“the adverse impacts of allowing development would significantly and demonstrably outweigh the benefits, when assessed against the policies in this Framework taken as a whole” (paragraph. 14).

12. This would place a huge burden of proof on those assessing applications and proposals to show that it might or might not be acceptable. The likely result would be developments with damaging consequences—both individually and cumulatively—that could be foreseen but that critics could not sufficiently demonstrate at the time of decision.

13. Elements of existing planning policy that are critically important for achieving genuinely sustainable development but threatened or ignored by the draft NPPF include the following:

Urban regeneration: The emphasis on re-using empty or under-used buildings and previously developed land before greenfield sites, ie the sequential approach to land for housing. Application of this policy has admittedly had some undesirable effects in some cases, eg business relocation to provide housing sites, leading to reverse commuting, and inappropriate garden development, but it has underpinned extensive private and public investment in urban regeneration since the Conservative government of the 1990s and Labour’s subsequent White Paper Planning for the Communities of the Future of 1998.

Efficient use of land: Minimum standards for efficient use of land, notably on housing density, which has risen by 72% from 25 dwellings per hectare (dpha) in 2001 soon after revised PPG3 was published to 43 dpha in 2010. This is still barely half the 80-100 dpha that is found in some of our prized historic townscapes such as Georgian squares and Cornish fishing villages. Latest Government statistics show the density of housing on greenfield sites just above the minimum 30 dpha that was set out in PPG3 and PPS3 (DCLG, LUCS 2010 provisional estimates).

Reducing the need to travel: This has informed planning policy and decisions since the publication of revised PPG13 in the mid-1990s, albeit not always as much as it might have. Benefits include reduced costs in travel time and congestion; lower greenhouse gas emissions; reduced infrastructure needs and maintenance costs; and better air quality. The draft NPPF has only some vague wording to encourage sustainable travel modes, and only where this is “practical”.

Protection of the countryside for its intrinsic value: This policy principle (PPS7 para 1 iv) has underpinned the continued clear distinction between town and country here, in stark contrast to places where a more liberal planning regime has applied, eg Ireland, Portugal and large parts of the USA.

Is the relationship between the NPPF and other national statements of planning-related policy sufficiently clear? Does the NPPF serve to integrate national planning policy across Government Departments?

14. No. The emphasis in the draft NPPF on economic growth at the expense of society’s other needs and objectives would do the opposite of integration.

15. On climate change, the reduction in the emphasis on efficient use of land, location of development and reducing the need to travel, together with strong discouragement of local authorities from imposing any standards that might add to developers’ costs, all serve to make higher direct and indirect emissions from development more likely.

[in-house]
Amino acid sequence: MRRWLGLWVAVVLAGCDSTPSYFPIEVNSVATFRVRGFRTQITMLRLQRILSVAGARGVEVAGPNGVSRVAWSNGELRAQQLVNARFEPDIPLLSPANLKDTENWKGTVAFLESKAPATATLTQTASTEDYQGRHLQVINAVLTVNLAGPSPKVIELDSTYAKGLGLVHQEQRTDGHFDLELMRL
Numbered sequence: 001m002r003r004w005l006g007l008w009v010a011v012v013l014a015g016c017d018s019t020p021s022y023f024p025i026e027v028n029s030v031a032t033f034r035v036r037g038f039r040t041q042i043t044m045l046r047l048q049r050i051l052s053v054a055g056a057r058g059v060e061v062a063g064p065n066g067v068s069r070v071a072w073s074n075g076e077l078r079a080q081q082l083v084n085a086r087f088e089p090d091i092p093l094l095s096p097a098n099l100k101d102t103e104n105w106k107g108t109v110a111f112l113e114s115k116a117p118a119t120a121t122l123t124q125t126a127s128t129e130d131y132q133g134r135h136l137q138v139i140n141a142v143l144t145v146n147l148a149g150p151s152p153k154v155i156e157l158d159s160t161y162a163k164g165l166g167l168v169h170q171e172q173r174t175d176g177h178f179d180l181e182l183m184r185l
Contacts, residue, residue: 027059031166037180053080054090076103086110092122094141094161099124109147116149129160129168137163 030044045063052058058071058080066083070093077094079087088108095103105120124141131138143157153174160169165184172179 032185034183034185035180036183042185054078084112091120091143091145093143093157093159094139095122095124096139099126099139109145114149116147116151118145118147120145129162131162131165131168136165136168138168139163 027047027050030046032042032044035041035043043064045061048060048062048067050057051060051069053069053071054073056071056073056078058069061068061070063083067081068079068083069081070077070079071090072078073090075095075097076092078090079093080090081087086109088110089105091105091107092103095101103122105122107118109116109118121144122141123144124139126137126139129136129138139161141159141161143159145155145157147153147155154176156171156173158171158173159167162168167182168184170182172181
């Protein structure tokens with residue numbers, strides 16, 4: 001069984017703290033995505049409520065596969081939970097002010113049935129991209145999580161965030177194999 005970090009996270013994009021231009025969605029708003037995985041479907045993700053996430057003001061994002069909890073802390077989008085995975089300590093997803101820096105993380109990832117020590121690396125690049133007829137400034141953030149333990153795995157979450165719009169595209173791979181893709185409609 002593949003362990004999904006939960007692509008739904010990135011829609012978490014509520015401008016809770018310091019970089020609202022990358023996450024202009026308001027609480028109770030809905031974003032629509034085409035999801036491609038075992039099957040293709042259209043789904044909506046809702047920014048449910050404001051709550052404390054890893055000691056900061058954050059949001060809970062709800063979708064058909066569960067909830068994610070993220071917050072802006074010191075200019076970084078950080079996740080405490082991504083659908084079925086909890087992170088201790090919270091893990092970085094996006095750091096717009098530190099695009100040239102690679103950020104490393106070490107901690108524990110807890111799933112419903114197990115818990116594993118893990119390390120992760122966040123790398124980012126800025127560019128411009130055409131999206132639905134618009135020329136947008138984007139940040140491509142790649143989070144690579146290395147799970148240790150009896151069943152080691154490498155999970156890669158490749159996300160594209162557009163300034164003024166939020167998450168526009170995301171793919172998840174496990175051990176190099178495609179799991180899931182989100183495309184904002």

16. The draft NPPF indicates no understanding of the Government’s policy on the natural environment, either. Over the past year protected landscapes have paid close attention to the Government’s Natural Environment White Paper (NEWP). That document includes a reference to the land use planning system playing its part in delivering the Government’s objectives, but this is lacking from the draft NPPF. The NEWP draws on the recommendations of Sir John Lawton’s report Making Space for Nature. Lawton highlighted the need to restore, expand and connect wildlife habitats on a grand scale. Central to this is the need to move away from viewing nature and landscapes as compartmentalised oases of conservation with no relation to their hinterland. The draft NPPF does the exact opposite: it contains (albeit flawed) policies on protection of National Parks and AONBs but removes the universal protection currently afforded to the wider countryside and weakens protection for sensitive townscapes.

17. The inevitable effect of radically reducing controls over development outside protected landscapes would be to make it far harder to achieve the kind of comprehensive, landscape approach to conservation and enhancement of the natural environment that is widely agreed to be needed, both to redress biodiversity losses and to enable greater ecological resilience to the future effects of climate change.

Protected Landscapes

18. All the above are general points, applicable across the board and with greater or lesser relevance to nationally protected landscapes, ie AONBs, National Parks and the Broads. On protected landscapes specifically, Ministers have repeatedly said that the draft NPPF would maintain the existing level of protection against damaging change. This is highly questionable for the reasons set out below.

Weakening of the headline policies in PPS7

19. PPS7 para 21 says:

Nationally designated areas comprising National Parks, the Broads, the New Forest Heritage Area and Areas of Outstanding Natural Beauty (AONB), have been confirmed by the Government as having the highest status of protection in relation to landscape and scenic beauty. The conservation of the natural beauty of the landscape and countryside should therefore be given great weight in planning policies and development control decisions in these areas.

20. Compare draft NPPF para. 167, fourth bullet pt, which says:

Local planning authorities should: … give great weight to protecting landscape and scenic beauty in National Parks, the Broads and Areas of Outstanding Natural Beauty. The conservation of wildlife and cultural heritage are important considerations in all these areas, and should be given great weight in National Parks and the Broads.

21. The status of protected landscapes and the policies that flow from it, both clearly set out in PPS7, have been elided in the draft NPPF and the result is both less clear and a substantial weakening of the policy.